Tuesday night's performances keep Rays and Cardinals alive.
by Josh Kipnis
“Triple” is not the most common word in baseball. Any hitter will tell you that a triple is the hardest stat to check off the list. And for a defensive player, a triple play is just about unheard of.
This year’s wild card race had been a rarity of its own, as the St. Louis Cardinals and Tampa Bay Rays each attempt to mount monumental comebacks in their hopes towards a playoff berth. Which is why it should be no surprise that “triple” was the keyword for success last night.
Ryan Theriot hit a pinch-hit, 2-run triple in the top of the seventh inning to give St. Louis their first lead of the night over the Houston Astros. The triple was Theriot’s first of the year.
Leading 6-5 at that point, the Cardinals continued to rely on their bench for runs, leading St. Louis to a 13-6 victory. Nick Punto started in place of injured shortstop, Rafael Furcal, going 4 for 5 with 2 RBI. Allen Craig, who replaced Matt Holliday in the third inning, went 2 for 3 with a HR and 4 RBI. “I think we’re just so focused on the day at hand,” Craig said. “We focus on our job that day…We’re going to give it our best shot.”
With the Phillies beating the Braves as well, St. Louis is finally tied atop the NL wild-card.
“120 years of baseball and this is one of those historic runs to tie,” St. Louis Manager Tony La Russa said. “But there’s a different story between tying and finishing it off…We’ll see if we can go take another step.”
In the American League, the Tampa Bay Rays were unable to take another step forward, but at least they were able to avoid stepping backwards Tuesday night. With the Red Sox finally winning a baseball game, the Rays had to beat the Yankees to stay tied in the AL wild-card race.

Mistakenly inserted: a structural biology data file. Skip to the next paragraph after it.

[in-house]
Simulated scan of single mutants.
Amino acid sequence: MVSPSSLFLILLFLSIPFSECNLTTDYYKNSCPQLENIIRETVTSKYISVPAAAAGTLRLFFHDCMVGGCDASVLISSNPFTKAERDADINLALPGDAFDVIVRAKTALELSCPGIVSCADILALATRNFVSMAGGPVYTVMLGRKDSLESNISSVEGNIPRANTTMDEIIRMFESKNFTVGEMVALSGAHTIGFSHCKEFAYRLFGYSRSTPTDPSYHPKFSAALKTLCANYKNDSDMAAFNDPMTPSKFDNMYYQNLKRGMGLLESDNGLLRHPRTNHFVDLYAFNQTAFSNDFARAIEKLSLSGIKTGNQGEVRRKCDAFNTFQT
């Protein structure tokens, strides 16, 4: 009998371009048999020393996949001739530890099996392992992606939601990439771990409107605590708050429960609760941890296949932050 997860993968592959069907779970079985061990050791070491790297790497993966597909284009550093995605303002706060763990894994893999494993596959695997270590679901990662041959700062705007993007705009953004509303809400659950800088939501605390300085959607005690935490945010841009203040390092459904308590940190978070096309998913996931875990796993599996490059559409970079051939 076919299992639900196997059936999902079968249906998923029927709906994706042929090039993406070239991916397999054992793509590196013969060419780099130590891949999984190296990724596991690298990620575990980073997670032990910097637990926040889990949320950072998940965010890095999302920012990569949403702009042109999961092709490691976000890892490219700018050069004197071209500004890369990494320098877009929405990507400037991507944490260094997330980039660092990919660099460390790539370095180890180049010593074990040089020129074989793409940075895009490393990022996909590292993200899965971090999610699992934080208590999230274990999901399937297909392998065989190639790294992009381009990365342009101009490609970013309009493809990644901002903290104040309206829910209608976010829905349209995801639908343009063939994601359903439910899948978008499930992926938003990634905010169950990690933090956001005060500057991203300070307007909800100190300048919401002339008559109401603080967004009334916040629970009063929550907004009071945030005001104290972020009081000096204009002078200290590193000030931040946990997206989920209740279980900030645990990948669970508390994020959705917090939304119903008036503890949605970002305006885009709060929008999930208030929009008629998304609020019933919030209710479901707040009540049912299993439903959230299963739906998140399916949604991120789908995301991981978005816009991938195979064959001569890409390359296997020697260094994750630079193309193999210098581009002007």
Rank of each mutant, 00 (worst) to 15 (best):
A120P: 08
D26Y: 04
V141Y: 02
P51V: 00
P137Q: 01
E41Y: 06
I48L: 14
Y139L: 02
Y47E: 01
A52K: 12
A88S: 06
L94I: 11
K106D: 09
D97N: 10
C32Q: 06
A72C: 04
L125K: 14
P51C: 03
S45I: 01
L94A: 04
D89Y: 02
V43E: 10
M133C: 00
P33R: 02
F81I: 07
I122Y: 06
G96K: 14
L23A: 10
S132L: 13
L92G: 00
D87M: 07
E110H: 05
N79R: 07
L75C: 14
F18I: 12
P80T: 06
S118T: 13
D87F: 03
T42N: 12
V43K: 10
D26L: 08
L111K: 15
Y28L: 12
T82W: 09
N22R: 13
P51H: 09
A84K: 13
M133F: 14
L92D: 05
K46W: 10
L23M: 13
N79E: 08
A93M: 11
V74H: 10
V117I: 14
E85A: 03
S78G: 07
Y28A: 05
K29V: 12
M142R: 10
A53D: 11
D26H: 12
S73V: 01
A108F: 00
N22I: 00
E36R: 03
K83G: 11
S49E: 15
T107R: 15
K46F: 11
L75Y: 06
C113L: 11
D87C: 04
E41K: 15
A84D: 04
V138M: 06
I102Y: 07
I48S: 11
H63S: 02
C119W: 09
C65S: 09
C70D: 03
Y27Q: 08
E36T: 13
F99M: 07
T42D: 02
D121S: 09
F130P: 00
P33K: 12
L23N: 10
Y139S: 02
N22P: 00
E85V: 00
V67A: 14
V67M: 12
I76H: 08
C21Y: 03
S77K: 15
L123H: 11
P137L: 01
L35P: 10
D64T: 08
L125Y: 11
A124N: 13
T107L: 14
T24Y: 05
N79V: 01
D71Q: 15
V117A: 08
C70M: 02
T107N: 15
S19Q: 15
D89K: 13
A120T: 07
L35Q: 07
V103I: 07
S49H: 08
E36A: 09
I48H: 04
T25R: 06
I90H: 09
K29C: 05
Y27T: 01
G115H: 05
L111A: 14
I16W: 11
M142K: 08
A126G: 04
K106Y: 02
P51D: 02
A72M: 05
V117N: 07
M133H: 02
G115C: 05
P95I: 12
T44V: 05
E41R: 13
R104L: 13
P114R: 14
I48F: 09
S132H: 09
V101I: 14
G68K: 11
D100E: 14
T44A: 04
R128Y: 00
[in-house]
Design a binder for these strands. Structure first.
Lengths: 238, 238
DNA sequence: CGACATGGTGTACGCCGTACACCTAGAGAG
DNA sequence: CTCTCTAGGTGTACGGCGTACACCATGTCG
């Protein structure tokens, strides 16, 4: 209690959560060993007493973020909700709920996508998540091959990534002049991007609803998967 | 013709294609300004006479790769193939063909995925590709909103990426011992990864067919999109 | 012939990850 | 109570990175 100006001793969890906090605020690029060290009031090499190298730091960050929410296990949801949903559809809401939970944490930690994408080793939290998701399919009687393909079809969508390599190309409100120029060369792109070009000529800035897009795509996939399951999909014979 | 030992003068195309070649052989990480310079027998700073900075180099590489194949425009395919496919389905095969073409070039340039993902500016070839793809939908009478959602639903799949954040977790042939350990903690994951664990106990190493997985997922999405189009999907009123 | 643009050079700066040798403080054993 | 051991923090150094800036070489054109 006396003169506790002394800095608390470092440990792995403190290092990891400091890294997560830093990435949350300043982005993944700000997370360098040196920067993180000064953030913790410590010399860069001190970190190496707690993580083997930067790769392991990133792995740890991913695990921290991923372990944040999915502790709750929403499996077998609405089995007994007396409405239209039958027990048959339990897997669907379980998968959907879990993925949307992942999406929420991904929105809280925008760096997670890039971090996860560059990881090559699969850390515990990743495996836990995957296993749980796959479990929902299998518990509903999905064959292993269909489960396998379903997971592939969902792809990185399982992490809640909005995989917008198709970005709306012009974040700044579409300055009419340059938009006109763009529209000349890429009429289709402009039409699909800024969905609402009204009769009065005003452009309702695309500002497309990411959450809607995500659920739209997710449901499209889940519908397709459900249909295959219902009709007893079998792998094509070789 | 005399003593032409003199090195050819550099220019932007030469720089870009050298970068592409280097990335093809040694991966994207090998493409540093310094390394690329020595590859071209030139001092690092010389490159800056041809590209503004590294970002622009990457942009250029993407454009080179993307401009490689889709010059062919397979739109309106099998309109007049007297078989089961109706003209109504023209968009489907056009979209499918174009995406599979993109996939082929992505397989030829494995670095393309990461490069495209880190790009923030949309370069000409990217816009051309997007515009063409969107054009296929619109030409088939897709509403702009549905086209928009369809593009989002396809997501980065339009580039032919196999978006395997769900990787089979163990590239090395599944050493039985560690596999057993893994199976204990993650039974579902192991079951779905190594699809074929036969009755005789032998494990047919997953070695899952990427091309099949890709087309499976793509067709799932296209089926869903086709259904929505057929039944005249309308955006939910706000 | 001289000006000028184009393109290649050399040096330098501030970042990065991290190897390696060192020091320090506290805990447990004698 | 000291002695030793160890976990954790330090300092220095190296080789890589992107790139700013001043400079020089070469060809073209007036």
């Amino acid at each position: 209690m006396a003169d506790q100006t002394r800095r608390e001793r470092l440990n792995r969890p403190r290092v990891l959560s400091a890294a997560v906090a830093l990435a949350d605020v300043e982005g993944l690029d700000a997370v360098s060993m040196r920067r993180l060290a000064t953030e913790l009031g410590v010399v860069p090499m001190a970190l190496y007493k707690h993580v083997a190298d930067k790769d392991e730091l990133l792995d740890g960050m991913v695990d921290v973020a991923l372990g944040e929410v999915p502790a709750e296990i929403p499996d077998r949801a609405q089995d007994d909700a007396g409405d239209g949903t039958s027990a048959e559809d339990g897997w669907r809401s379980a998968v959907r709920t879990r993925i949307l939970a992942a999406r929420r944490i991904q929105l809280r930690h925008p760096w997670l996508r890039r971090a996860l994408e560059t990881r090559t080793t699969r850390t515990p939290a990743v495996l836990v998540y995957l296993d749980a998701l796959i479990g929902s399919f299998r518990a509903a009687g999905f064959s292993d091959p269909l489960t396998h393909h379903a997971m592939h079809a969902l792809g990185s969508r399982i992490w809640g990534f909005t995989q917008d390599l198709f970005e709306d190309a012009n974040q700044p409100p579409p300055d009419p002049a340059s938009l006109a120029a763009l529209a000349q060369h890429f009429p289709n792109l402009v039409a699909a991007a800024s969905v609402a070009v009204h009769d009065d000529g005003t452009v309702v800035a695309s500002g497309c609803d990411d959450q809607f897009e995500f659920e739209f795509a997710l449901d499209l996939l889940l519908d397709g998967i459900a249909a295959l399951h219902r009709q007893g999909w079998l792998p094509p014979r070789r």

The Rays were pushed back against the ropes when New York OF Nick Swisher hit a go-ahead RBI double in the sixth. With runners on second and third and no one out, Tampa Bay Manager Joe Maddon elected to intentionally walk the next batter, setting up force outs at every base.
The infield met on the mound to breakdown the ensuing play. After explaining what to do in every situation, 3B Evan Longoria turned to 2B Ben Zobrist to give him one more “what if.” Zobrist remembers the exact words Longoria said to him. “He said, ‘If it comes to me and I’m close enough to the bag, I’m going to step on it, and let’s turn a triple play.” Yea…right…
So what happens? Sure enough, the next batter slaps a ground ball, inches away from third base. From there, Longoria set his plan into action. He fields the ball and simultaneously steps on third. One. He reaches into his glove and slings the side-armed throw over to Zobrist on second. Two. Zobrist instantly makes the turn and guns the ball over to his first baseman. Three.
Care to buy my next lottery ticket, Mr. Longoria?
It was the third triple play in Tampa Bay Rays franchise history. “What I was hoping for was maybe a double play and giving up one run,” Maddon said. “But my God, how do you even envision a triple play. We were very fortunate with that. The hit was in a perfect spot.”
The perfect spot, at the perfect time.